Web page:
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input-utils 1.0-1.1
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This is a small collection of input layer utilities.  I wrote them
mainly for testing and debugging, but maybe others find them useful
too :-)


lsinput
=======

probe and list all devices


input-event
===========

listen for events and print them.  Expects a device number as argument
(0 == /dev/input/event0, ...).

  -t <sec>   set timeout, quits after <sec> seconds without input.
             default is 10
  -g         grab device using EVIOCGRAB, i.e. get exclusive access to
             the device


input-kbd
=========

read/write keyboard maps (scancode => linux keycode).  Also expects a
device number as argument.

If the input device supports maps, it will print them to stdout.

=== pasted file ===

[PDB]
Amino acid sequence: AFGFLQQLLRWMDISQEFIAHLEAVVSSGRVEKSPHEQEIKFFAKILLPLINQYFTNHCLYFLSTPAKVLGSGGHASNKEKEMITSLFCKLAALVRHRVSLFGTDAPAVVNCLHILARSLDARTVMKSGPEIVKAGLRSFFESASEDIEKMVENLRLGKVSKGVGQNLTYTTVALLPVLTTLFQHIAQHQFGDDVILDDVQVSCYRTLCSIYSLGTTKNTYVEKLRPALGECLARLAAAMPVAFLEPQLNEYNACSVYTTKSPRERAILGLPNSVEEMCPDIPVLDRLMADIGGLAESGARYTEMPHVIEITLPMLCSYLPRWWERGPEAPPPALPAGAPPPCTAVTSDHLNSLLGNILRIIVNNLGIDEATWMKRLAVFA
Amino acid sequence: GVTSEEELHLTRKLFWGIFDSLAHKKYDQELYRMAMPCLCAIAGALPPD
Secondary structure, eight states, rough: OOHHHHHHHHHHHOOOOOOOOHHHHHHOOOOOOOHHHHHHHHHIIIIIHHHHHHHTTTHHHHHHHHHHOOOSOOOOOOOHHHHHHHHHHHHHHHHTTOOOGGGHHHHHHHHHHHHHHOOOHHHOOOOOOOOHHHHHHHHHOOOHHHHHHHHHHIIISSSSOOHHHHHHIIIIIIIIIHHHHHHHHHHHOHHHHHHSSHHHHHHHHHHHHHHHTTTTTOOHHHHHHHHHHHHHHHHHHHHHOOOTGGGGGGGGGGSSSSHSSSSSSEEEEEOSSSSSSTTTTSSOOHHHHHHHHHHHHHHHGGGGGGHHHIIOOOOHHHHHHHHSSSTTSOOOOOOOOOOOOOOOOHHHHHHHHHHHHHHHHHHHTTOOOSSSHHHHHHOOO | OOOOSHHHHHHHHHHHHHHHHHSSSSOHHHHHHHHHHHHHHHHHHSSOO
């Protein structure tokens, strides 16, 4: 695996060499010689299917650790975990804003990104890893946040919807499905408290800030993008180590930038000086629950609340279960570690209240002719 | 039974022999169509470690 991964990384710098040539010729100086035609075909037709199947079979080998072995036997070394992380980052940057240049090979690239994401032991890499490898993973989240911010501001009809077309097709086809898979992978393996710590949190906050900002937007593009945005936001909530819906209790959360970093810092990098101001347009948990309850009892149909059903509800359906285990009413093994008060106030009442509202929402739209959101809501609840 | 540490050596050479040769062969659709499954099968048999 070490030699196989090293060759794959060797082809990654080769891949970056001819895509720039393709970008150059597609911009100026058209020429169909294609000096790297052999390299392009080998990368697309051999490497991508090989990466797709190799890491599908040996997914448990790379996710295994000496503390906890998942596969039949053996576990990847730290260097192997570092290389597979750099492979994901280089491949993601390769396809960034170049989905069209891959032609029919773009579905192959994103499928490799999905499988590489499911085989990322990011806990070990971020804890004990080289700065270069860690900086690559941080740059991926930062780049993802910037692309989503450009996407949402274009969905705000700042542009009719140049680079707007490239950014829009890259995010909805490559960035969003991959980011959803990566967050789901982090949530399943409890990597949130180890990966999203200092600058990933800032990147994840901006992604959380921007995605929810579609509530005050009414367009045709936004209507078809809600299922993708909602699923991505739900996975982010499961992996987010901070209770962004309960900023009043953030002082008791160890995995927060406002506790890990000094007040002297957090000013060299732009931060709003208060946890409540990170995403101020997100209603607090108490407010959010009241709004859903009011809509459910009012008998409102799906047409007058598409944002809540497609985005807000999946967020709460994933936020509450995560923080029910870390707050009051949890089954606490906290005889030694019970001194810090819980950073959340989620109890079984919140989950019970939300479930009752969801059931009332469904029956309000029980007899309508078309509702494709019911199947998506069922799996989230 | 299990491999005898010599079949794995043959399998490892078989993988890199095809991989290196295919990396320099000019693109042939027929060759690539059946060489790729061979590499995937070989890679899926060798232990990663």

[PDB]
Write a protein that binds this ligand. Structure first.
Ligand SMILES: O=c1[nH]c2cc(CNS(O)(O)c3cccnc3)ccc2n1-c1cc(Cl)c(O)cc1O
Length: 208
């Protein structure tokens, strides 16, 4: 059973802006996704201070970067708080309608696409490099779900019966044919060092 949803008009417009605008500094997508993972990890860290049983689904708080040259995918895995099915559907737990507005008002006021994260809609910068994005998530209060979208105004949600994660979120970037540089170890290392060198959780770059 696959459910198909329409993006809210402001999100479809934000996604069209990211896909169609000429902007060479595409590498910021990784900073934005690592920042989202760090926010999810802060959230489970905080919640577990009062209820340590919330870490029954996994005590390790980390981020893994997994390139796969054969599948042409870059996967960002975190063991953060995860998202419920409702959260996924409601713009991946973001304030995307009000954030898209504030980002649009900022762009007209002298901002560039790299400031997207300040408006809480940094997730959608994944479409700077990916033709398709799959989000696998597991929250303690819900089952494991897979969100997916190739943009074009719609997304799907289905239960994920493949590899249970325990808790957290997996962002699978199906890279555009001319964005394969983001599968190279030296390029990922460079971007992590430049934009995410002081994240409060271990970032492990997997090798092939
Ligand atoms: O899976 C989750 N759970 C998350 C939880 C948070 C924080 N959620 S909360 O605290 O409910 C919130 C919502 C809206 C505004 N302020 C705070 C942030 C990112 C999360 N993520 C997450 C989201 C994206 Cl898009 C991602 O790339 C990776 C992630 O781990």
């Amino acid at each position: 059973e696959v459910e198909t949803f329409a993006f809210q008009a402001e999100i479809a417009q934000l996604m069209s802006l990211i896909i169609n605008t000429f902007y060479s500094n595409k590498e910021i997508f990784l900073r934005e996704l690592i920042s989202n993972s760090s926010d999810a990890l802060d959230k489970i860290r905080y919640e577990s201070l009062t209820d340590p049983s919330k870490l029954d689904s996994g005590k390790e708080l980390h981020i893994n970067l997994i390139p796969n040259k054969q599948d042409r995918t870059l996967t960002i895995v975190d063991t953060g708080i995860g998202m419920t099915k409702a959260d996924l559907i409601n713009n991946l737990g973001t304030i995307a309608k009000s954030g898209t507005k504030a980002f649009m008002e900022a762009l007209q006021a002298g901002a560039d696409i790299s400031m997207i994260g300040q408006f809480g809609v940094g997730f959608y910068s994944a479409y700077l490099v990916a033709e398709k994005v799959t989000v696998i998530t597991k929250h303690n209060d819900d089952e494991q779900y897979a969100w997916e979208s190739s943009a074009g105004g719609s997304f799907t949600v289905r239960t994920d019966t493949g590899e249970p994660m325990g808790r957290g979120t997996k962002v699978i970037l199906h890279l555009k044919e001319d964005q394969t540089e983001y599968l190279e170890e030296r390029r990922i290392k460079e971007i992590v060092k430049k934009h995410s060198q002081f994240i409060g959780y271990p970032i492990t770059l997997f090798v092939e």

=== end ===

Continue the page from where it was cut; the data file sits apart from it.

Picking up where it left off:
Looks like this (AT Keyboard):

	0x0001 =  67  # KEY_F9
	0x0002 =  65  # KEY_F7
	0x0003 =  63  # KEY_F5
	0x0004 =  61  # KEY_F3
	[ ... ]

If the device doesn't support maps the utility just prints the keys
and/or buttons supported by the device (my mouse):

	bits: BTN_LEFT
	bits: BTN_RIGHT
	bits: BTN_MIDDLE

If you pass a map file via -f switch the utility will parse it and
reconfigure the device.  Syntax is identical to the maps printed out,
i.e. you can dump the current map to some file, edit it and then apply
the changes.  The key names are also accepted, i.e. both this ...

	0x0001 = 67

... and this ...

	0x0001 = KEY_F9

... works.


input-send
==========

small daemon which reads from a input device and sends it over the
network to everyone who connects.  Listens on tcp port 1234.


input-recv
==========

the receiving end for the send utility.  Connects to localhost:1234
right now and prints stuff to stderr.  Plan is to put events into
/dev/input/uinput some day which basically gives you a remote input
device.


Have fun,

  Gerd

-- 
Gerd Knorr <kraxel@bytesex.org> [SUSE Labs]